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2.28.14 Issue

by Sherrie Saag

The Institute for Holocaust Education presents its fourth annual Week of Understanding, March 3-7. The week of programming emphasizes Holocaust education through survivor testimony and will reach well over 5,000 Nebraska students and adults. This year’s schedule of events will include more than 40 schools and eight survivors.

“The scope and reach of Week of Understanding ensures that as many community members and students as possible will hear personal testimony directly from survivors themselves. With the number of survivors declining each year, it is more important than ever that we hear their stories first-hand. It is an incredibly powerful interaction and memorable for all those in attendance,” said Liz Feldstern, Executive Director of the Institute for Holocaust Education.

The free public event, titled, Improbable Survivor: A young child in the Holocaust takes place Thursday, March 6, 7 p.m. at Countryside Community Church (8787 Pacific Street) and features Chaja Verveer, a child survivor of the Bergen Belsen and Terezin concentration camps.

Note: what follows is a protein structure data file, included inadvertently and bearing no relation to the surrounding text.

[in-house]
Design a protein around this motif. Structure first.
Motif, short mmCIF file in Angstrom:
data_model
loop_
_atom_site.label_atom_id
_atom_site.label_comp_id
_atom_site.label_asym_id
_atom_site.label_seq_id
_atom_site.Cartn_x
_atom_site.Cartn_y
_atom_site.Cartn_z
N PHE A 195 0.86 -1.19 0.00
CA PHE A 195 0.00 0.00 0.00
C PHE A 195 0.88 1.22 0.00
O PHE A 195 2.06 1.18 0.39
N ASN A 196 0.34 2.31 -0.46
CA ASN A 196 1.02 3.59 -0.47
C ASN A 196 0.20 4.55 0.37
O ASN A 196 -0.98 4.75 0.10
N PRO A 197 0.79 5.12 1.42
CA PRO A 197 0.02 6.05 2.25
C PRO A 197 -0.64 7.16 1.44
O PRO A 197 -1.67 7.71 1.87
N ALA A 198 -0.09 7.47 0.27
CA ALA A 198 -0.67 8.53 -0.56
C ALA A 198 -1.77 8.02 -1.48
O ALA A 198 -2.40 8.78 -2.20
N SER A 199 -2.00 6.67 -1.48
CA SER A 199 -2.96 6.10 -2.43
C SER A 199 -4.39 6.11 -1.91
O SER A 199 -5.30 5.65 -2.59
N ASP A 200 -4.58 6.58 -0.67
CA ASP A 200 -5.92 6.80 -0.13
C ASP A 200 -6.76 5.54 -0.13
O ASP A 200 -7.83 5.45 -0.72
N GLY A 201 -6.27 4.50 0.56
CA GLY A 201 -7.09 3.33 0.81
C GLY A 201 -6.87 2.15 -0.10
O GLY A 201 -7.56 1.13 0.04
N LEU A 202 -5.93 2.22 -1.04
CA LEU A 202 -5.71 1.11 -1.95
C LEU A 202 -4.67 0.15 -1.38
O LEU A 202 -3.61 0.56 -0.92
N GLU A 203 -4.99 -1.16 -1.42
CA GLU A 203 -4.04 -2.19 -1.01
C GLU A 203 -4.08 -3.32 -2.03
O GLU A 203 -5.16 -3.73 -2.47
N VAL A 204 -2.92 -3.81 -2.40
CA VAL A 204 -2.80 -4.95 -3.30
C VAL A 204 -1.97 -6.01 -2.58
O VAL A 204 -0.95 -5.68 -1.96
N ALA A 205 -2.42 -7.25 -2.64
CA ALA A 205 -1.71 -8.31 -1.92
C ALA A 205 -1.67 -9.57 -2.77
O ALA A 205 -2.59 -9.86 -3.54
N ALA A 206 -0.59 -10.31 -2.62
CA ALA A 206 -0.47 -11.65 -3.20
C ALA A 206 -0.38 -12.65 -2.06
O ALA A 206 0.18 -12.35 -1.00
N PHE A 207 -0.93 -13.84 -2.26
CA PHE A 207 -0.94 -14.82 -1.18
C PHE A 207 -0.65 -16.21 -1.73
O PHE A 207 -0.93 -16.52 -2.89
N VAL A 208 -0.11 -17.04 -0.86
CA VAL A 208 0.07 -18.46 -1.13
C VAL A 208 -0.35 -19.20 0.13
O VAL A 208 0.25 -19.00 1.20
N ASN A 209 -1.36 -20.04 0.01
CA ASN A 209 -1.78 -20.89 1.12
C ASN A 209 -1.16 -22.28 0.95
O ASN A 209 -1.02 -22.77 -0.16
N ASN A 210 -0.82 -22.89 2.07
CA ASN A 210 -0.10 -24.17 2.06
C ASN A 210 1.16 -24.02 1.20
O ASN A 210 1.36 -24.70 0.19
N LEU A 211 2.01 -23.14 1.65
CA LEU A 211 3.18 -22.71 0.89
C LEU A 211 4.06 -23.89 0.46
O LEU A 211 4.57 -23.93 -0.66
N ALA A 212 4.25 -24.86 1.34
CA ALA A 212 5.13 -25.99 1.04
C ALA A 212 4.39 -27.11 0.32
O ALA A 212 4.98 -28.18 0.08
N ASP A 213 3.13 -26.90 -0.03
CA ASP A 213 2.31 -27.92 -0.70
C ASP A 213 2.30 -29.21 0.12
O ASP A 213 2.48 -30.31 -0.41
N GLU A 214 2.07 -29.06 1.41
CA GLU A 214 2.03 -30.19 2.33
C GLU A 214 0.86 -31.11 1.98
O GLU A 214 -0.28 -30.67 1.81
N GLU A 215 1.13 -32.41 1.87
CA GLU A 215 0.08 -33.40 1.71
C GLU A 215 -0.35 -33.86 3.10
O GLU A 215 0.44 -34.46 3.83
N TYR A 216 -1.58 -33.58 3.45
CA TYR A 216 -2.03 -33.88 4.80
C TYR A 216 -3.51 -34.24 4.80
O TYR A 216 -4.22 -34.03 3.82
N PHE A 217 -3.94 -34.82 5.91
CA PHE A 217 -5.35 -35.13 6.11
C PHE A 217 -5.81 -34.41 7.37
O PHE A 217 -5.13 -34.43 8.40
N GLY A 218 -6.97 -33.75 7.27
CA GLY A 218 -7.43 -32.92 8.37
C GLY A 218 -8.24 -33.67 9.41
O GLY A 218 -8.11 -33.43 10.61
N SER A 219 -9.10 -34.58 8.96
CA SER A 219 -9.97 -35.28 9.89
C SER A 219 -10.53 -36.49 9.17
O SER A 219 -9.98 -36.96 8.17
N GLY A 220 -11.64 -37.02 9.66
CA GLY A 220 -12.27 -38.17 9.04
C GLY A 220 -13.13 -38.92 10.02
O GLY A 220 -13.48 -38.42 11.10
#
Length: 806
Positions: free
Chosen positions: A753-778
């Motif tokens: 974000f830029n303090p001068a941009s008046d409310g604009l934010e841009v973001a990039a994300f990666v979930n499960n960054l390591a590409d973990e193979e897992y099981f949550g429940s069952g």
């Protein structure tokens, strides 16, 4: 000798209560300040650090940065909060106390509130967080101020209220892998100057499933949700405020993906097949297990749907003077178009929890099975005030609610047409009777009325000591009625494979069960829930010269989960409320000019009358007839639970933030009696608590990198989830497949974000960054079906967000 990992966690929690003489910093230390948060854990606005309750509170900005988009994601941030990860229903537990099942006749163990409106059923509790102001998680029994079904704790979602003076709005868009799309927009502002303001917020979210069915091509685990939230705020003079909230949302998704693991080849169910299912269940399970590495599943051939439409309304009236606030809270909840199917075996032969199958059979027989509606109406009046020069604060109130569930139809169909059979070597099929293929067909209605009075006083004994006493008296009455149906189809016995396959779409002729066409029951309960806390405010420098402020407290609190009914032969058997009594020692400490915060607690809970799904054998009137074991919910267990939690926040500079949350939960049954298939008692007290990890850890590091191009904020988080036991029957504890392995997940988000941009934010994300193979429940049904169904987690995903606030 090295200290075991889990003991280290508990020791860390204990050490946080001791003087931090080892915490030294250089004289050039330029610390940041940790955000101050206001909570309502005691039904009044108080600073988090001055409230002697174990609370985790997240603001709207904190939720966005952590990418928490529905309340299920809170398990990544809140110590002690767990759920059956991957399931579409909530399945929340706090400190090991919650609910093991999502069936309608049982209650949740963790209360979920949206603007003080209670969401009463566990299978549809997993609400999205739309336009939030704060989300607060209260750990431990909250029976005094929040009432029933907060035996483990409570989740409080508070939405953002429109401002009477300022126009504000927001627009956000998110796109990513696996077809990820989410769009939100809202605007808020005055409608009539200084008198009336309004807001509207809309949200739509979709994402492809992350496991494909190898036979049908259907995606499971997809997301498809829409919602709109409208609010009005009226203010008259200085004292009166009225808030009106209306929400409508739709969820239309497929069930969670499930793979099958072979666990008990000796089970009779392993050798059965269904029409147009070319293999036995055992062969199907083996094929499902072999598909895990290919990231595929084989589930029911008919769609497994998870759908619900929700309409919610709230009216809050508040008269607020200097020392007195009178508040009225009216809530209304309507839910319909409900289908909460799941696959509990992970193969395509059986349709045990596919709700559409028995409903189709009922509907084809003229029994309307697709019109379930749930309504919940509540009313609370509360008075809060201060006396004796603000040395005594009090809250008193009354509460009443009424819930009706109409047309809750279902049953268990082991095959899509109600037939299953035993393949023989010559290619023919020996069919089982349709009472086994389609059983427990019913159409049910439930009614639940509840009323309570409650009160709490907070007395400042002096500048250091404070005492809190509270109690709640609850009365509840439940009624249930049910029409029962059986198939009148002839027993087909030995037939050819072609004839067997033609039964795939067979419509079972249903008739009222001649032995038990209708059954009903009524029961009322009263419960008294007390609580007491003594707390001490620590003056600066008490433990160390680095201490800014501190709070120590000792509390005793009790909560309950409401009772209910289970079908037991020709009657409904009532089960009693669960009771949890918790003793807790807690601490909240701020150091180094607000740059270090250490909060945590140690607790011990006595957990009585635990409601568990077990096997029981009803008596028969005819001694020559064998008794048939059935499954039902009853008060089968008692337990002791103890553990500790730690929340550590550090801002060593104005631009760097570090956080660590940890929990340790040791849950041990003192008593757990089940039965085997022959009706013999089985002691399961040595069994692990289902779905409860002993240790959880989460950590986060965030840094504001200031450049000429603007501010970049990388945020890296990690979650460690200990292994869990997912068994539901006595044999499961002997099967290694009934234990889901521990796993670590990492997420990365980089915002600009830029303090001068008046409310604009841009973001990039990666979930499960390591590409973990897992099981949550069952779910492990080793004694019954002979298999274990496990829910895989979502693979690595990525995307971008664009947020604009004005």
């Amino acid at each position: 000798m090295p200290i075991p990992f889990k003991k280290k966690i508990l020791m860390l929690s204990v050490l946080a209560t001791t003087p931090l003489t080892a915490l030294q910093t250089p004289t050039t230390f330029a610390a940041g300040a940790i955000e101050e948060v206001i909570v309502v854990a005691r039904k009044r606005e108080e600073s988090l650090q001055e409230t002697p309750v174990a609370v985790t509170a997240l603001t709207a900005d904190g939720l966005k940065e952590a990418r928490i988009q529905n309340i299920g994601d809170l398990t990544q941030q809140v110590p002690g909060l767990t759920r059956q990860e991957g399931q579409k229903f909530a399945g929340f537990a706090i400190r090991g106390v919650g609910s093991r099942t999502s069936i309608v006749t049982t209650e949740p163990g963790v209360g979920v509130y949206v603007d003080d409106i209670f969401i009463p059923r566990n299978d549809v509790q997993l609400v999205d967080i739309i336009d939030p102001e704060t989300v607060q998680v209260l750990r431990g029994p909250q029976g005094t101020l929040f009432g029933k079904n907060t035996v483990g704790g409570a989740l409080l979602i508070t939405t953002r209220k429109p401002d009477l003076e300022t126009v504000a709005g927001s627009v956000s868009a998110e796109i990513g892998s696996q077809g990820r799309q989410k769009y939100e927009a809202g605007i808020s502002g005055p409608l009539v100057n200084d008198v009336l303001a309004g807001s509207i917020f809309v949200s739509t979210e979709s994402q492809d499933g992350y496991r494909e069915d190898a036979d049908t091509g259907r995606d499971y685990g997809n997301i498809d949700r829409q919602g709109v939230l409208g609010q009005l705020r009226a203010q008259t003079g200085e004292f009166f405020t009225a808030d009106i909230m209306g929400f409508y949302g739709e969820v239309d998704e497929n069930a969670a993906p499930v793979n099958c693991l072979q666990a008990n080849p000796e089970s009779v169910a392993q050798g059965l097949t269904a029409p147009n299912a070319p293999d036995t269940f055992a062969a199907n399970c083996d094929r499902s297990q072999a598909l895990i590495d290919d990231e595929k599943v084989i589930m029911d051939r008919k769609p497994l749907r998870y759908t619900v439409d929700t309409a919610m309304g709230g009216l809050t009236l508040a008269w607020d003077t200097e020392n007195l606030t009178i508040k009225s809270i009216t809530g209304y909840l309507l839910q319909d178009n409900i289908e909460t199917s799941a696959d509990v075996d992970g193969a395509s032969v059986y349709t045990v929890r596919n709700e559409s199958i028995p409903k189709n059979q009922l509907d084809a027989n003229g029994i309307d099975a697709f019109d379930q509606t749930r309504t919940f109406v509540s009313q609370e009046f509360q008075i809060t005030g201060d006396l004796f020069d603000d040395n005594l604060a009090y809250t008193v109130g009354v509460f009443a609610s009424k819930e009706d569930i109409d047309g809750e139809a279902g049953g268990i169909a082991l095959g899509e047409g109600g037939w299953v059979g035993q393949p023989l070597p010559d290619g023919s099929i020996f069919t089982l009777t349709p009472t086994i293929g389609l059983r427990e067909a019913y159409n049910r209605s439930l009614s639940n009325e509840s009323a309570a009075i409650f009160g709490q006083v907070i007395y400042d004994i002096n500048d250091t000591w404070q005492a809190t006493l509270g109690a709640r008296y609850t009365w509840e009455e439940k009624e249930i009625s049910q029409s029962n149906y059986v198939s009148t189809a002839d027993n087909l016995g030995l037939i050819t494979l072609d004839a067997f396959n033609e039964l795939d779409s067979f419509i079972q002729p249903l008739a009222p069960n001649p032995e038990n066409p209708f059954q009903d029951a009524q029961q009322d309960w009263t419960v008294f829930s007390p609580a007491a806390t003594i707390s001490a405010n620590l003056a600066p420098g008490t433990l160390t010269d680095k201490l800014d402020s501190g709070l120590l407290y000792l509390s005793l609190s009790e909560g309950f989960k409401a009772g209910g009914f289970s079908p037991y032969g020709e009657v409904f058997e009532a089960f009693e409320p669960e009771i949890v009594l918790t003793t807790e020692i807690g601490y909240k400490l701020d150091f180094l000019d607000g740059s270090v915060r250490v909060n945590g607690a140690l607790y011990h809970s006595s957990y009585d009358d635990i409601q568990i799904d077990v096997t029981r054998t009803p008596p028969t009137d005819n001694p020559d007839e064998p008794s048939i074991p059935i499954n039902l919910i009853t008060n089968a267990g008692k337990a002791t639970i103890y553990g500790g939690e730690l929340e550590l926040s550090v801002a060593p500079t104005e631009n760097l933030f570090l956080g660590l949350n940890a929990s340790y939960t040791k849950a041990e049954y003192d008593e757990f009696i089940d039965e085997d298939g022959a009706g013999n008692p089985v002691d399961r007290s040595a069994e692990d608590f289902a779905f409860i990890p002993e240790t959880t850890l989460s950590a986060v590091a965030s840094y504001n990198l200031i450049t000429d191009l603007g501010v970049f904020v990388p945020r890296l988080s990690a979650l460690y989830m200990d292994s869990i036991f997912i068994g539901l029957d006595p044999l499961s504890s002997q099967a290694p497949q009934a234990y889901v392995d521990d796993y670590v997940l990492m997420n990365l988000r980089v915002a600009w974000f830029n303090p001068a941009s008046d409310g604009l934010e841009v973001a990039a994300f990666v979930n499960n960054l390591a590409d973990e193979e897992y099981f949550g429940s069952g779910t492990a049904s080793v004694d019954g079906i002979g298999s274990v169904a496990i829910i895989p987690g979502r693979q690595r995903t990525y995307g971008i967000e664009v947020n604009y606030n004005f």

Born in Maarsbergen, Holland in 1941, she was the youngest child of Emanuel and Henrietta Verveer. She was just a year old when her family went into hiding. Forced to separate, Verveer was sent to live with a Dutch family active in the Resistance. Her protectors presented her as their own child, naming her “Carla van den Berg”. As a toddler, she was “arrested” and sent to an orphanage in Westerbork, a transit camp in northeastern Holland. In September 1944, the children were transported to Bergen Belsen and then to Terezin. Of the 15,000 children imprisoned in Terezín, Verveer is among the one percent who survived.

After her 1945 liberation, she was reunited with some of her family members and eventually immigrated to Israel before settling in the United States 35 years ago. An eloquent and staunch advocate in support of survivor testimony, Verveer has spoken to hundreds of groups across the country.

“I did not speak about the Holocaust for the longest time,” she has said. “But when there were too many people denying that it ever happened, I decided to speak up. And I have been speaking up about what happened to me ever since.”

Her hope is for continuous new ways to keep lessons from the Holocaust fresh and relevant. “Our highest priority is to preserve and maintain testimonies. When it was over, we said ‘never again’. But genocide still happens. I hope it clicks with people how universal the danger is. It is our responsibility to act.”

Verveer serves on the board of Holocaust Museum Houston, is a member of the Executive Committee of the Texas Holocaust and Genocide Commission and is president of Child Survivors of the Holocaust, Houston.

Week of Understanding is made possible with generous support from the Omaha Public Schools Foundation, Adah and Leon Millard Foundation and the Shirley and Leonard Goldstein Supporting Foundation of the Jewish Federation of Omaha Foundation.

For more information on Week of Understanding or any IHE event, email